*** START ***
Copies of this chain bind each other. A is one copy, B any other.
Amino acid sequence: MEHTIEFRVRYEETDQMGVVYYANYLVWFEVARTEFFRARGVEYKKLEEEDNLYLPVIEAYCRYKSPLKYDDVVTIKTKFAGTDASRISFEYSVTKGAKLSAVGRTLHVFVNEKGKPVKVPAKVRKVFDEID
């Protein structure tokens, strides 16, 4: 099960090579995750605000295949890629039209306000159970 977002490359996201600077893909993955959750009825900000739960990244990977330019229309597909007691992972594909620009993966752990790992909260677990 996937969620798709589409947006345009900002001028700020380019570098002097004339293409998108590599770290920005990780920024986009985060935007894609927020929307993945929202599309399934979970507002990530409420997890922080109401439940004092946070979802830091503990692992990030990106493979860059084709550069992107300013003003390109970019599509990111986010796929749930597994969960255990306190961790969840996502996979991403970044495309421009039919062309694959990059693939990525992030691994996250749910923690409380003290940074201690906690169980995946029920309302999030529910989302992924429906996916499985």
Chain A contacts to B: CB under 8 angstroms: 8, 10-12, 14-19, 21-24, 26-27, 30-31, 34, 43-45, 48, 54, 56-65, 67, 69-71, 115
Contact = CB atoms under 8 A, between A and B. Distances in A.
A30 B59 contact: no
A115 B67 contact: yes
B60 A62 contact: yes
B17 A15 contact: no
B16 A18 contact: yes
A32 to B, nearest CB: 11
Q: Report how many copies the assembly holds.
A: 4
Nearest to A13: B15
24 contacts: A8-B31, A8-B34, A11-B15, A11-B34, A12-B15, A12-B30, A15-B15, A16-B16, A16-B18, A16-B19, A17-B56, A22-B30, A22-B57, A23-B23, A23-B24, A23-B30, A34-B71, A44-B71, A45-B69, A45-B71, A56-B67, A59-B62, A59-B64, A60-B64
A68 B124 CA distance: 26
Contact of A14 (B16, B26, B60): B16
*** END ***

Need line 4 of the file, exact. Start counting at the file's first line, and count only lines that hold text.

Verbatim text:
Chain A contacts to B: CB under 8 angstroms: 8, 10-12, 14-19, 21-24, 26-27, 30-31, 34, 43-45, 48, 54, 56-65, 67, 69-71, 115